Augustine of Hippo

Augustine of Hippo

Augustine of Hippo was born in Thagaste (present-day Souk Ahras, Algeria) on 13th November, AD 354. His father, Patricius was a pagan but his mother, Monica, was a devout Roman Catholic. When he reached the age of eleven he was sent to school at Madaurus. It was here that he came under the influence of the writings of Cicero.

In 371 he moved to Carthage in order to continue his education in rhetoric. He had been brought up by his mother as a strict Catholic but he abandoned his faith and lived with a woman who eventually gave birth to a son, Adeodatus. During this period Augustine taught grammar at Tagaste.

In 375 Augustine started his own school in Carthage. He was considered to be an outstanding teacher of rhetoric and in 383 opened a similar school in Rome. Although the school was not a financial success, he developed a reputation as a fine teacher and in 384 the prefect of the City of Rome, Symmachus, arranged for him to become professor of rhetoric for the imperial court at Milan.

Augustine's mother followed him to Milan and tried to persuade him to return to the Roman Catholic faith. He agreed to abandon his mistress and his mother arranged for him to marry a woman from a highly respectable family. However, he had to wait two years until his fiancée came of age and in the meantime began living with another woman. It was at this time that he made the comment: "Grant me chastity and continence, but not yet".

In 386, Augustine read an account of the life of Saint Anthony of the Desert. This inspired him to return to the Catholic Church. He abandoned his teaching career in Milan and after cancelling his marriage plans, moved back to Africa. Soon afterwards, both his mother and son died.

Augustine gave his wealth to the poor and turned his house into a monastery. In 391 he was ordained a priest in Hippo Regius and over the next few years became an influential preacher. In 396 he was appointed as Bishop of Hippo. The following year he published The Confessions, a masterpeice of introspective autobiography.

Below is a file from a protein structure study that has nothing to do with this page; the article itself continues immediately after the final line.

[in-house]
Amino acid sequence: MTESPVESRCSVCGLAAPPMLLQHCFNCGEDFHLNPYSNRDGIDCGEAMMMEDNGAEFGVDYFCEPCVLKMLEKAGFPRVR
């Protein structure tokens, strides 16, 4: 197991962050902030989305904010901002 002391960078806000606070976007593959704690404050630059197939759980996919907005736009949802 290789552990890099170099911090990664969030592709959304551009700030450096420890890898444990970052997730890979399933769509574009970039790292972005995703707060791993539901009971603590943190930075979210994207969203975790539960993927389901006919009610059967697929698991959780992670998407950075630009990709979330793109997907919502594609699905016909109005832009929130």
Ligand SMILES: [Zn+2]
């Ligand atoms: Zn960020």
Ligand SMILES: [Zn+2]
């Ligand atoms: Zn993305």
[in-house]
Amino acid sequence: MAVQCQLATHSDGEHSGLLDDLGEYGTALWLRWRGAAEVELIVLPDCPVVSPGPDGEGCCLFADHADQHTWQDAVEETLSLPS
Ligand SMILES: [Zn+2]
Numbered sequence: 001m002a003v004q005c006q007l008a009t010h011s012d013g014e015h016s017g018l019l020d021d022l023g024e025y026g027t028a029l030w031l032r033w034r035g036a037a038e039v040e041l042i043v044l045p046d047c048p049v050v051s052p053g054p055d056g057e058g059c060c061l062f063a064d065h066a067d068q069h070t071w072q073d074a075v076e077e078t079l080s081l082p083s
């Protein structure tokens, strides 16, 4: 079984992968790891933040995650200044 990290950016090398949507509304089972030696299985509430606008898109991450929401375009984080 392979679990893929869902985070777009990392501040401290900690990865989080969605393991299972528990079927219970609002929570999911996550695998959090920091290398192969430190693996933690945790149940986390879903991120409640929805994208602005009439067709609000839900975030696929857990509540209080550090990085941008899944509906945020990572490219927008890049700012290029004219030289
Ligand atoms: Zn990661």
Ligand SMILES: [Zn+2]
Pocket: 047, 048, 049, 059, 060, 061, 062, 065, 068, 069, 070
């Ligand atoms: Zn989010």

Augustine wrote several books including City of God, in which he supported using coercive measures against paganism and non­ conformist Christianity and Augustine died in AD 430 during the siege of Hippo by the invading Vandals.

Primary Sources

(1) Augustine, Confessions (c. AD 428)

I could not see the use of things I was sent to school to learn... I disliked learning and hated to be forced... If I proved idle in learning, I was soundly beaten... But in spite of my terrors I still did wrong, by writing or reading or studying less than my set task... To this day I do not quite see why I so hated the Greek tongue that I was made to learn as a small boy... I hated Greek literature... I suppose that Virgil affects Greek boys when they are compelled to learn him as Homer affected me.

(2) Augustine, Confessions (c. AD 428)

When I was about sixteen I developed a passion for stage plays. How is it that a man wants to be made sad by the sight of tragic sufferings that he could not bear in his own person. Yet the spectator does want to feel sorrow, and it is actually his feeling of sorrow that he enjoys... the more the author of these fictions makes the audience grieve, the better they like him.

(3) Augustine, Confessions (c. AD 428)

One day Alypius met some friends and fellow-students coming from dinner: and though he flatly refused they forced him along ,with them to the amphitheatre on the day of these cruel and murderous dames... When they had reached the Arena they got such seats as they could... Alypius closed up the door of his eyes and forbade his mind to pay attention to things so evil. If only he could have stopped his ears too! For at a certain critical point in the fight, the vast roar of the whole audience beat upon him. His curiosity got the better of him and he opened his eyes... Seeing the blood he drank deep of the savagery. He did not turn away but fixed his gaze upon the sight. He drank in all the frenzy, with no thought of what had happened to him, revelled in the wickedness of the contest and was drunk with lust for blood.